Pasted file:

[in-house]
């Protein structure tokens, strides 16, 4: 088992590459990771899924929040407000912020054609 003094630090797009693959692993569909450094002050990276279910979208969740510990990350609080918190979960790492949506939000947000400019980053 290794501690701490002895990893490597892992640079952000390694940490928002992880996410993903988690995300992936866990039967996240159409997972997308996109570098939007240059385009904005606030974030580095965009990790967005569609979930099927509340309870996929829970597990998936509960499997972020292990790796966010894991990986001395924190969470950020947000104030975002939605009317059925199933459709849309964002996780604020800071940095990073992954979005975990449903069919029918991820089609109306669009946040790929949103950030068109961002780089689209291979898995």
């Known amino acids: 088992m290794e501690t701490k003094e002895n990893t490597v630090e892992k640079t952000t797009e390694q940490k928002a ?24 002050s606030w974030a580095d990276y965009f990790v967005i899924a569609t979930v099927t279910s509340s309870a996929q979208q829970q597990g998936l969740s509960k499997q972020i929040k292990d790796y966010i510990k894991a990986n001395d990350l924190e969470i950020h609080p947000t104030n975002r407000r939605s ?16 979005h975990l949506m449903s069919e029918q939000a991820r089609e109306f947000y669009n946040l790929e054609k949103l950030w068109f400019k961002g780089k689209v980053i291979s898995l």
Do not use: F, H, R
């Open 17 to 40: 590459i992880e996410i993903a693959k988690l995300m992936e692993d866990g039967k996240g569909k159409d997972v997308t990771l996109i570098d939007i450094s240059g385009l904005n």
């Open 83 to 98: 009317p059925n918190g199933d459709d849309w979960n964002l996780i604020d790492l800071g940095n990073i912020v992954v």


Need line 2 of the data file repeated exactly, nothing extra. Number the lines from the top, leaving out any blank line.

């Protein structure tokens, strides 16, 4: 088992590459990771899924929040407000912020054609 003094630090797009693959692993569909450094002050990276279910979208969740510990990350609080918190979960790492949506939000947000400019980053 290794501690701490002895990893490597892992640079952000390694940490928002992880996410993903988690995300992936866990039967996240159409997972997308996109570098939007240059385009904005606030974030580095965009990790967005569609979930099927509340309870996929829970597990998936509960499997972020292990790796966010894991990986001395924190969470950020947000104030975002939605009317059925199933459709849309964002996780604020800071940095990073992954979005975990449903069919029918991820089609109306669009946040790929949103950030068109961002780089689209291979898995």